A woman has been disqualified from keeping animals after pleading guilty to causing unnecessary suffering to her pet dog by leaving it with an eye condition for more than five years.

Pooch before
Pooch has a congenital condition that caused his right eye to erupt.

Trudy Oakley, of Redmile Walk, Peterborough, was sentenced at Peterborough Magistrates’ Court on 9 May having admitted one offence of causing unnecessary suffering to Staffordshire bull terrier Pooch by failing to provide adequate veterinary care for a problem with his eyes.

The RSPCA was called by a member of the public on 27 January and inspector Justin Stubbs attended Oakley’s property.

Horrendous

Mr Stubbs said: “Pooch was in a terrible state and his eye looked horrendous. It was like something out of a horror movie – his eyeball looked ready to pop out of his skull.

“Oakley received veterinary advice in December 2010 to have Pooch’s eye removed, but this was ignored and she failed to seek further professional advice.

Pooch after
Despite receiving treatment, Pooch may still lose his remaining eye.

“That means poor Pooch was left suffering from what must have been an extremely painful and uncomfortable eye condition for more than five years. It’s just shocking.”

Pooch was seized by the police, placed in the RSPCA’s care and rushed to a vet to remove his eye. He has a congenital condition that caused his right eye to erupt, which also affects his left eye.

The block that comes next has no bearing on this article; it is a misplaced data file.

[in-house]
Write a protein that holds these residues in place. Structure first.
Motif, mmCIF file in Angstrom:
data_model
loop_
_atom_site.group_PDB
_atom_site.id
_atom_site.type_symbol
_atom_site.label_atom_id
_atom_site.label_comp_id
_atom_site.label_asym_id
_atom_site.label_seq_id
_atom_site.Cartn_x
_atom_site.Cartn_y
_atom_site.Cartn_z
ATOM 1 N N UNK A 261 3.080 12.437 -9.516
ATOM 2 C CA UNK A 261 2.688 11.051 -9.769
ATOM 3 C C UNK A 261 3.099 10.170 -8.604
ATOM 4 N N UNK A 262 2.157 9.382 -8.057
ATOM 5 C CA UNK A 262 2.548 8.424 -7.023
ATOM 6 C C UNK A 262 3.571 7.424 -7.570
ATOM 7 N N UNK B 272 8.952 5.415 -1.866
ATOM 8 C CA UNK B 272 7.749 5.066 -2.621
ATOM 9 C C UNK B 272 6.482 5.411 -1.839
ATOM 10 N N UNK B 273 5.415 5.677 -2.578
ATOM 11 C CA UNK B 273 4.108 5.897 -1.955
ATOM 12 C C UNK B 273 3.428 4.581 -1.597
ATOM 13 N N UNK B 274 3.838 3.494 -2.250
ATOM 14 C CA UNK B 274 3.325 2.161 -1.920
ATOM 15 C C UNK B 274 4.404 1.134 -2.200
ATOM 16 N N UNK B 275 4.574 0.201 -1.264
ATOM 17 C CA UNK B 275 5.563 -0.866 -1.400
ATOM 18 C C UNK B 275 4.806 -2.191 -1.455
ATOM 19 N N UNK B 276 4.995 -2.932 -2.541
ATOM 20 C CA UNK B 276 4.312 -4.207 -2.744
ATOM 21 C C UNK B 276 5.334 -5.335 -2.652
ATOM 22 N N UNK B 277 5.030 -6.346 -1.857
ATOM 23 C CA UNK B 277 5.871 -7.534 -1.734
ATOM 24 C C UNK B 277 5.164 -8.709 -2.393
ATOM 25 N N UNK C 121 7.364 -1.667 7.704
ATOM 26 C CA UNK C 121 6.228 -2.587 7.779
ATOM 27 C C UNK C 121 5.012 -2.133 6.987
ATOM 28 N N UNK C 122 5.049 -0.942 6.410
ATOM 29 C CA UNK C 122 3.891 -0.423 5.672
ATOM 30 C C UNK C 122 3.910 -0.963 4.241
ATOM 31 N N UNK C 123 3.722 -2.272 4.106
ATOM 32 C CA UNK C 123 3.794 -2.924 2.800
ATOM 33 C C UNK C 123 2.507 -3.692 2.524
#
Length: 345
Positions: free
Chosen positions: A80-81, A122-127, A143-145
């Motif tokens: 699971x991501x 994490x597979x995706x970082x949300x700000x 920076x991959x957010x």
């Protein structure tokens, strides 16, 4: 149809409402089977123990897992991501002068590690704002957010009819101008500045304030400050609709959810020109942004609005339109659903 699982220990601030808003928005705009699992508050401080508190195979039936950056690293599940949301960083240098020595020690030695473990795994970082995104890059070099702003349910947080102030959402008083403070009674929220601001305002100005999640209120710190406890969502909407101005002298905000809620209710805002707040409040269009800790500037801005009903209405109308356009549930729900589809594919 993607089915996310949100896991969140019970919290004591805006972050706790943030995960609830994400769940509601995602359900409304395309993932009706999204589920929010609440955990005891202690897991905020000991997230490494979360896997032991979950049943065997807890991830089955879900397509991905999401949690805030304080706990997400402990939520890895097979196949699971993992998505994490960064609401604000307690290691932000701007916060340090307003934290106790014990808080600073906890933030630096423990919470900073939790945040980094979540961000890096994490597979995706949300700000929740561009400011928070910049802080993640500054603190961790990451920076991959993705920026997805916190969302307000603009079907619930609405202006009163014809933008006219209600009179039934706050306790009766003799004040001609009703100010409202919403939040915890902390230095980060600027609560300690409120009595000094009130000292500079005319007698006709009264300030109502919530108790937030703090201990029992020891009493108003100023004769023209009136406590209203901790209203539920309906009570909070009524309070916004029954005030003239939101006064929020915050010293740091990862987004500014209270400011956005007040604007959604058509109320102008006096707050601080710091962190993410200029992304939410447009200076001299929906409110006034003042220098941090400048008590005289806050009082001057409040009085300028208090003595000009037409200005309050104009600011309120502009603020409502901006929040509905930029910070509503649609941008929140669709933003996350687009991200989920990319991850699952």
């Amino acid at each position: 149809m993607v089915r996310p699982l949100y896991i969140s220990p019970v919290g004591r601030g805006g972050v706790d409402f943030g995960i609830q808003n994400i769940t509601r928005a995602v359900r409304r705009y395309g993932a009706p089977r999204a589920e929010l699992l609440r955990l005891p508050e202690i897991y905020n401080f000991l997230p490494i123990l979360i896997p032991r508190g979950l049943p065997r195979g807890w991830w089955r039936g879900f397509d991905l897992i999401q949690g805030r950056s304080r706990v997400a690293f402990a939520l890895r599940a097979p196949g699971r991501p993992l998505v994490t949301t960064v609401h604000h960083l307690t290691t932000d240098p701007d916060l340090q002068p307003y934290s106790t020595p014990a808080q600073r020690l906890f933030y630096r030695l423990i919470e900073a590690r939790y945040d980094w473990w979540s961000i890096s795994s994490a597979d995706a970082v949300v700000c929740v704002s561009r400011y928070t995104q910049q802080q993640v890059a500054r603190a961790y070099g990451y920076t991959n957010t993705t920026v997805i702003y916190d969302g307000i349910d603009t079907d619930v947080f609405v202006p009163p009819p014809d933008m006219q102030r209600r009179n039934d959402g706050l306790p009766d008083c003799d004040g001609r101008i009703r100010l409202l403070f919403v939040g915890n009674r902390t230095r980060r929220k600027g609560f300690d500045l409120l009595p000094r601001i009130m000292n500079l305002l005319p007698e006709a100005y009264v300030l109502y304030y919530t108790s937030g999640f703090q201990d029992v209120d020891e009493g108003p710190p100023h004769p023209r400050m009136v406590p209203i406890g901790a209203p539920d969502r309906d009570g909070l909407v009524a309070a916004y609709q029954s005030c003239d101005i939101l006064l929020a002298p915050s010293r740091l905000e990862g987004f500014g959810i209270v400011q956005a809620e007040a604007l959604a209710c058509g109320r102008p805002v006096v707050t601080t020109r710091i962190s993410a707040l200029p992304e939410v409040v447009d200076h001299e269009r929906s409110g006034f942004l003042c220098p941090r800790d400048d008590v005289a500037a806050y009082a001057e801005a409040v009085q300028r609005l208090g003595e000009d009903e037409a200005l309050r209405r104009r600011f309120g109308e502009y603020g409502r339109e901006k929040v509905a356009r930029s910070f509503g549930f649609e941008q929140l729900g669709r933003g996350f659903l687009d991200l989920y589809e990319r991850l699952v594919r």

Sentencing

Oakley was sentenced to a two-year conditional discharge for one offence under the Animal Welfare Act 2006. The court also added six months on to an existing suspended sentence for an unrelated matter and ordered her to pay prosecution costs of £250.

She was disqualified from keeping animals for one year and the court ordered Pooch be removed from her ownership. He is being cared for by the RSPCA and undergoing treatment. It is likely the 10-year-old dog will lose his remaining eye.

View your activity >

Leave a Reply

Be the First to Comment!

Notify of
avatar

wpDiscuz

related content

The final part of Bayer Animal Health's series of “back to basics” educational videos on canine ophthalmology has been released.

2 mins

Royal Canin’s veterinary support manager, Katy Smith, steps into the Examination Room.

9 mins

Sarah Heath looks at the emotional motivation for dog bites and explains the profession’s role in improving understanding of canine mental health.

23 mins

Five charities share £3,000 donation from RCVS, provided in lieu of the college sending out Christmas cards.

4 mins

Bayer’s third canine ophthalmology training video is now available: examining the cornea.

5 mins

VN Times editor Rebecca Hubbard reports from the latest White Cross Vets Congress, which saw its north and midlands branches descend on Cheshire.

14 mins